Owl-faced Guenon Cercopithecus hamlyni

Pocock, 1907

Hamlyn's monkey (Cercopithecus hamlyni), also known as the owl-faced monkey, is a species of Old World monkey that inhabits the bamboo and primary rainforests of the Congo. This species is exceedingly rare and known only from a few specimens; little is known about it. However these specimens tend to be widely dispersed throughout the eastern part of Congo, from the Epulu River to the Lukuga River and from the Congo River to the Kabale Forest, with one example in northwestern Rwanda.

Description: Medium sized, with a large, rounded face clearly marked with a conspicuous narrow vertical white band running from the forehead to the upper lip. The upperparts are dark olive-green and somewhat grizzled, while the underparts and legs are black bushy tassel.

Distribution: Montane and lowland areas in the east-central DRC and marginally in south-western Uganda.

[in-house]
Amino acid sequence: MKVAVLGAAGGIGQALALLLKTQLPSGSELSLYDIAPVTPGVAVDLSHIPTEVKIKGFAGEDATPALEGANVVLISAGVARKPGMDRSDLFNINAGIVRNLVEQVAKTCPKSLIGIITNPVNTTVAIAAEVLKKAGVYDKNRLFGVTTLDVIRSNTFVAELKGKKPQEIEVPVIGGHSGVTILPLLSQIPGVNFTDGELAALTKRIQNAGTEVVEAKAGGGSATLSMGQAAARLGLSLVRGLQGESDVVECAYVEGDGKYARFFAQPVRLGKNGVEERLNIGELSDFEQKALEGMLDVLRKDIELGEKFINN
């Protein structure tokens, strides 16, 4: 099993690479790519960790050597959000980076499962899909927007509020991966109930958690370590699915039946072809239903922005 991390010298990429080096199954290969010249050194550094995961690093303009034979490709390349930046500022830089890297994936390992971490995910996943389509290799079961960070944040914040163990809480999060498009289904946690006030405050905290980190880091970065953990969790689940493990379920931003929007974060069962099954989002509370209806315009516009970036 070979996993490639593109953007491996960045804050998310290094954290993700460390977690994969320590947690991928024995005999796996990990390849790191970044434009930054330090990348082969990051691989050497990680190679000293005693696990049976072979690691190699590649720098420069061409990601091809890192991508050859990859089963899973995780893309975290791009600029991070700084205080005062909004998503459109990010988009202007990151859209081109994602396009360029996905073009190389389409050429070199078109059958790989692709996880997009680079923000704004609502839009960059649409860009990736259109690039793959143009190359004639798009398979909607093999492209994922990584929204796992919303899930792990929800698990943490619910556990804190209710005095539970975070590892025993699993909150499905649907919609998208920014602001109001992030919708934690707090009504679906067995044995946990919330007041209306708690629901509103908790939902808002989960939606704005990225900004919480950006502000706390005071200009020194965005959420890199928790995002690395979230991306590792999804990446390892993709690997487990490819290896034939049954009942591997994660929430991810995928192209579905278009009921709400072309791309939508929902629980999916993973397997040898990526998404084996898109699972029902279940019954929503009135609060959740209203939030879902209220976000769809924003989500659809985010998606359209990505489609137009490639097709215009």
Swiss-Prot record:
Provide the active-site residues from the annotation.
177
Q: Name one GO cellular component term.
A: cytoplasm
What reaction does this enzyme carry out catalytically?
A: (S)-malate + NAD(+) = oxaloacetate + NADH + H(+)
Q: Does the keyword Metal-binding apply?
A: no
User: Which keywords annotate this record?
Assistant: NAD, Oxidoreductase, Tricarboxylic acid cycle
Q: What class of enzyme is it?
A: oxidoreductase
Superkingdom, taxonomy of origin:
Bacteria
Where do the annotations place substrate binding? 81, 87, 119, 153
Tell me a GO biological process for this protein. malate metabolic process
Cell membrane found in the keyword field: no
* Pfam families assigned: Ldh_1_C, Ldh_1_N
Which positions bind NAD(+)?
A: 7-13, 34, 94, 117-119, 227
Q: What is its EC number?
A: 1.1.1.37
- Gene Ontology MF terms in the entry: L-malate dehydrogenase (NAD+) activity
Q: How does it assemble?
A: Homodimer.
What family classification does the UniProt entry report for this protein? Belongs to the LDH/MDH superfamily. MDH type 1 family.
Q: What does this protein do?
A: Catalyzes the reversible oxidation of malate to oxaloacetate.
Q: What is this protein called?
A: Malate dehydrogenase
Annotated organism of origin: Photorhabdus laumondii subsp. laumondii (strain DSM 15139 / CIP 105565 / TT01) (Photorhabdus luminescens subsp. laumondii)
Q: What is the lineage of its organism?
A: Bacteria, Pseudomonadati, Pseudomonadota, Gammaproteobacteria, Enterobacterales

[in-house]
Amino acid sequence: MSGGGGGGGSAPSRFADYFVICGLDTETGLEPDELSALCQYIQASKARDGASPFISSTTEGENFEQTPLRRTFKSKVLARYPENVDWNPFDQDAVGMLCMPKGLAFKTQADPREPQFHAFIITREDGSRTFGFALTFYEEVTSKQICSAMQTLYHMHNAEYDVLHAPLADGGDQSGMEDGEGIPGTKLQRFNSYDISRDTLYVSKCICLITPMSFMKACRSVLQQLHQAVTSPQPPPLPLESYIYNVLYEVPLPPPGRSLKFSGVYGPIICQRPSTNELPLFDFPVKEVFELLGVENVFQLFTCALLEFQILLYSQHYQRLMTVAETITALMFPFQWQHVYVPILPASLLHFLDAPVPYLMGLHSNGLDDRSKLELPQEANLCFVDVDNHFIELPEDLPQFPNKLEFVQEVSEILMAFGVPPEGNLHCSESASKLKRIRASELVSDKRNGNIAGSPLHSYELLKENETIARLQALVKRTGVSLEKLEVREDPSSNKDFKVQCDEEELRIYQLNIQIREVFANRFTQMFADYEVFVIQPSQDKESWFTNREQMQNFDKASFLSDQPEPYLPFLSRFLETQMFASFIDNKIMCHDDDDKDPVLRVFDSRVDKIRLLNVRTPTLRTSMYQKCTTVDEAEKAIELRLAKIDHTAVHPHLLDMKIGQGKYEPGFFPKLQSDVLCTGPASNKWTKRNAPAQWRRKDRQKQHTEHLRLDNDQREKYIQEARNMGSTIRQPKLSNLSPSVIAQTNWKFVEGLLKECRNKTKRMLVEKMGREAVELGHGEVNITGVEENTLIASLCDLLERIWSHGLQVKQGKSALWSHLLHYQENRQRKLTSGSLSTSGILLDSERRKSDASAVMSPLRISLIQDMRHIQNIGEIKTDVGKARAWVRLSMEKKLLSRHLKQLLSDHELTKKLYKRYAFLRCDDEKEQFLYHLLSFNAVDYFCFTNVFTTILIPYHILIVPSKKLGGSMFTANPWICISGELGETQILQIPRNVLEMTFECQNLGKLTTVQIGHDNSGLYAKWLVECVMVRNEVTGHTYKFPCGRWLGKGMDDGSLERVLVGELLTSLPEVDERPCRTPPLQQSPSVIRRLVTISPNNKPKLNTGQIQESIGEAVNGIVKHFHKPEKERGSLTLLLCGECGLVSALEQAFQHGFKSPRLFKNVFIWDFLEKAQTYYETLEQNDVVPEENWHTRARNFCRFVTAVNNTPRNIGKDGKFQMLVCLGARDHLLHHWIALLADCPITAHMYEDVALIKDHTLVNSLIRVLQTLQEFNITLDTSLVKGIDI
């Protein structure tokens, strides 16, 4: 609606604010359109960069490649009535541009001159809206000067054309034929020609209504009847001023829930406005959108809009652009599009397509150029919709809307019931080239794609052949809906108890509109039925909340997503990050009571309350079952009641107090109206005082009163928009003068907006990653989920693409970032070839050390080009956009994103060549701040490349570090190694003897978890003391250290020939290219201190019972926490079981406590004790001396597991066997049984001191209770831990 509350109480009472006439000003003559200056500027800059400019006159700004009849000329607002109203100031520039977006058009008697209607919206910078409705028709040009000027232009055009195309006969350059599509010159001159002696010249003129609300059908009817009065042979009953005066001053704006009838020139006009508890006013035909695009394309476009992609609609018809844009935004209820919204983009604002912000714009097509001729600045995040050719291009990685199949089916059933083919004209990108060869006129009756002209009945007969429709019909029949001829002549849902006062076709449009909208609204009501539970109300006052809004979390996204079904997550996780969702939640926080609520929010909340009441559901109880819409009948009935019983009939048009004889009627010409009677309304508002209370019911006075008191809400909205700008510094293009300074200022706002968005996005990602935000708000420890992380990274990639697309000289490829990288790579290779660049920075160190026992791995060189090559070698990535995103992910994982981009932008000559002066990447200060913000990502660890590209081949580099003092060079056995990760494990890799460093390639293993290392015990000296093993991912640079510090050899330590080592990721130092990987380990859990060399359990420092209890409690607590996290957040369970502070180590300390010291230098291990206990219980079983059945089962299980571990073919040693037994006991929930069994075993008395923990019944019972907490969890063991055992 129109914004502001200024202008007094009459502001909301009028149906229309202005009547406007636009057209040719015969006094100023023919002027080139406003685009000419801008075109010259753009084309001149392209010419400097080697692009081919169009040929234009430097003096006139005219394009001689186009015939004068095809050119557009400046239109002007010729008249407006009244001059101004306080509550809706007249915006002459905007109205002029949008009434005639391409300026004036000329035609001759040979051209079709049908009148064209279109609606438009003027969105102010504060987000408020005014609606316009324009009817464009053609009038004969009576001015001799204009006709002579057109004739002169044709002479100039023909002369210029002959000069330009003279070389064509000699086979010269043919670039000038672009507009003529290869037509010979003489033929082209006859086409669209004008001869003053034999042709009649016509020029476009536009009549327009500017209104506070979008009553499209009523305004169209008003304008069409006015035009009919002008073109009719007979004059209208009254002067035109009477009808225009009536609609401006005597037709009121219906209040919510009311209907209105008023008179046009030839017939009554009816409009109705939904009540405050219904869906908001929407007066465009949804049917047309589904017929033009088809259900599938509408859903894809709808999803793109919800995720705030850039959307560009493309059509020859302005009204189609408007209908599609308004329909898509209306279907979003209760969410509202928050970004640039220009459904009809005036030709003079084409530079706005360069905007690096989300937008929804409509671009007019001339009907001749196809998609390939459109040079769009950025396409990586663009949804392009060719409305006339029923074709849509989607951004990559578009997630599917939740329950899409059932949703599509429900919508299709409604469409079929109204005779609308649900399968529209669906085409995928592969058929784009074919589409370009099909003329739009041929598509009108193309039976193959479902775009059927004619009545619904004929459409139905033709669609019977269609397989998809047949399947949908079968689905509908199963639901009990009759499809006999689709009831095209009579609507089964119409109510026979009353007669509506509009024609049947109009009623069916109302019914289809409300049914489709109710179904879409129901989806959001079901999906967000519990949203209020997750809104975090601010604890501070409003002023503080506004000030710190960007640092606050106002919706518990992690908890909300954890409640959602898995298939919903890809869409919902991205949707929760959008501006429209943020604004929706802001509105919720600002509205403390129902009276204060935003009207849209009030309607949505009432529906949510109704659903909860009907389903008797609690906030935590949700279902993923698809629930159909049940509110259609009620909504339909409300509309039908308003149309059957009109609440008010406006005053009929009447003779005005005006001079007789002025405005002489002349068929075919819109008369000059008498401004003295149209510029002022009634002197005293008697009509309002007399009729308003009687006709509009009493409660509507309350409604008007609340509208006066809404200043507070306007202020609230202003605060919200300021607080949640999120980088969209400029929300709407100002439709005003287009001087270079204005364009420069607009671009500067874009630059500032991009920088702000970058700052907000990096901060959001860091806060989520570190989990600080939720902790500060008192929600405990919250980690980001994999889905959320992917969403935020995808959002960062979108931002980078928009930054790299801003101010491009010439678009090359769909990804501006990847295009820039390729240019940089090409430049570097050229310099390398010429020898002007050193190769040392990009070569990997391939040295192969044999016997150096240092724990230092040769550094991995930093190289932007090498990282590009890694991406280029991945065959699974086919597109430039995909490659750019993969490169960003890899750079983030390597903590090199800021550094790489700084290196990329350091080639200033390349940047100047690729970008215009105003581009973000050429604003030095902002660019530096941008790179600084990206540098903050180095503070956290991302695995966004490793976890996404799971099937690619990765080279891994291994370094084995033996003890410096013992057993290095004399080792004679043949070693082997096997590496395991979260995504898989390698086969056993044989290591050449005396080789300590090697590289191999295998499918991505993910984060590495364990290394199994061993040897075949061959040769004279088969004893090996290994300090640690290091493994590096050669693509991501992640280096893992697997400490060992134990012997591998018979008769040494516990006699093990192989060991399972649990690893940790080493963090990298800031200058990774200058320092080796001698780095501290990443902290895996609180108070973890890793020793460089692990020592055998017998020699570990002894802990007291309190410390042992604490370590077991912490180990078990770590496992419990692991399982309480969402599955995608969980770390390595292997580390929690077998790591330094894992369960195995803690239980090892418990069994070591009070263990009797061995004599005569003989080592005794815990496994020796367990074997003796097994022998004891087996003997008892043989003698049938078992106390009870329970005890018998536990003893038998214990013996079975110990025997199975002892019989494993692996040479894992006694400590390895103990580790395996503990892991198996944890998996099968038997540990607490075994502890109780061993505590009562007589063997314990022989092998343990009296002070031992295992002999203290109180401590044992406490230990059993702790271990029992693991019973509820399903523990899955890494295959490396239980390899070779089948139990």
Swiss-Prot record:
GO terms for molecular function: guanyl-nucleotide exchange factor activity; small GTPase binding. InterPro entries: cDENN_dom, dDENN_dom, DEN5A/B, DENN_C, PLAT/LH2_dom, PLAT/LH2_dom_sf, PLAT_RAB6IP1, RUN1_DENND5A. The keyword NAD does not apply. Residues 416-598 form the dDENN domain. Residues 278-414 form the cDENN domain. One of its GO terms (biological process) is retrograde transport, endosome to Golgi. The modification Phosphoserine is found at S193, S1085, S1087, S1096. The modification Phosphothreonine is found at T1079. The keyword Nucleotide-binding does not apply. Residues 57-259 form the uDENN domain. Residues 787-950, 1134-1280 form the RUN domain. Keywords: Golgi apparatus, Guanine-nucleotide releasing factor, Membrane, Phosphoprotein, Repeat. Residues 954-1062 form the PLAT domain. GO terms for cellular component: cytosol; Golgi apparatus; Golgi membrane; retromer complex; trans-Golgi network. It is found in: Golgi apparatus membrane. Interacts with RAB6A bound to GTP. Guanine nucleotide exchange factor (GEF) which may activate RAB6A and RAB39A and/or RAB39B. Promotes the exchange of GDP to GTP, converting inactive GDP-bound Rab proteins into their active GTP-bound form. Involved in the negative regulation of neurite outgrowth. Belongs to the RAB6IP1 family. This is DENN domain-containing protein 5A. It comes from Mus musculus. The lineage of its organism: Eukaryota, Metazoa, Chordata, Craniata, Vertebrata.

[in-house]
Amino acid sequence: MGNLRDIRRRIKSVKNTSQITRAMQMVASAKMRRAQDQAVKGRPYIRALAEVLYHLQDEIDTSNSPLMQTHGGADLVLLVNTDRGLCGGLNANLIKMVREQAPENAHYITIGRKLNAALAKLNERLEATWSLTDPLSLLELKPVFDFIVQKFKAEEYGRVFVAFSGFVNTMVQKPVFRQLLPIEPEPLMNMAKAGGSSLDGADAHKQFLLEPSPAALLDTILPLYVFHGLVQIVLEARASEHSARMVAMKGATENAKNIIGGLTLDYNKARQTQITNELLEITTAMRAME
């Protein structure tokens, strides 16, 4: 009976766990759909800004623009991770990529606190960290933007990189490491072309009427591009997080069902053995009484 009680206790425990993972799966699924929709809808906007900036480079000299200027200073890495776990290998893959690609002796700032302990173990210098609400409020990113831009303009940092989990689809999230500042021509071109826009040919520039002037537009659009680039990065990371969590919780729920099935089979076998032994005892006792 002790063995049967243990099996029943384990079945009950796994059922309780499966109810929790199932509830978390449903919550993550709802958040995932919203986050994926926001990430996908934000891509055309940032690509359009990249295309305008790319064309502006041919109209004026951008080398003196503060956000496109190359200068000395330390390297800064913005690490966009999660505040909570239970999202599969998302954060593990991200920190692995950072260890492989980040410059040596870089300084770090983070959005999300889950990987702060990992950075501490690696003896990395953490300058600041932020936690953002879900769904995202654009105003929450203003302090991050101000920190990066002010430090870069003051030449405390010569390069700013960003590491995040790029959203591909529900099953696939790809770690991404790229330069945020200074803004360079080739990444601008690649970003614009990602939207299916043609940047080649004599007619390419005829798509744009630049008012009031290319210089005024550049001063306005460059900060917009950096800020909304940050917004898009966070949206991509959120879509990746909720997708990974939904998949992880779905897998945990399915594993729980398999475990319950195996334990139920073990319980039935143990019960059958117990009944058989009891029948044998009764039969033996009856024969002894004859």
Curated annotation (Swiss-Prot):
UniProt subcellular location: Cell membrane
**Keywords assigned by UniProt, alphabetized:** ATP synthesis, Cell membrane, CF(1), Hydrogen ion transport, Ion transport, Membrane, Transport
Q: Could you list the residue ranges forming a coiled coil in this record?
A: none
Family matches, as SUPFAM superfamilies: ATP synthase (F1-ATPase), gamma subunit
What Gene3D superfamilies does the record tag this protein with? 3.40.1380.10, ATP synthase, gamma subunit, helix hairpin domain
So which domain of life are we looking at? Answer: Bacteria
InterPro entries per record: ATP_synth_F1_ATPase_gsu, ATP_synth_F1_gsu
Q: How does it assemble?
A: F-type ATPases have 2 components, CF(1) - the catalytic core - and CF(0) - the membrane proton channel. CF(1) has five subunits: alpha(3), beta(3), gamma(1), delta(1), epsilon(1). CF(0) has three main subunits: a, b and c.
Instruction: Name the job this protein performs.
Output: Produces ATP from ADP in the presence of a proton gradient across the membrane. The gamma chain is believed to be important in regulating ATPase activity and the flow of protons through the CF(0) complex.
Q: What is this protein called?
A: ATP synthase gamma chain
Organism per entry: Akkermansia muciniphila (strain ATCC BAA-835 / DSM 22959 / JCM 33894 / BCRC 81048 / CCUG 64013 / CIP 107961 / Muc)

Status: Considered vulnerable

Habitat: Montaine forest up to 4600 m altitude, and lowland and bamboo forest

Behaviour: Live in small troops of fewer than ten individuals, which are led by an adult male. Although they forage in the trees, they also spend a lot of their time on the ground. Nothing else is known of behaviour in the wild. Reports of night activity not reliably confirmed.

Food: Mixed diet including fruits, leaves and insects.

Reproduction:  nothing recorded in the wild.

information quoted from Field Guide to the Larger Mammals of Africa, by Chris & Tilde Stuart, 1997 Struik Nature

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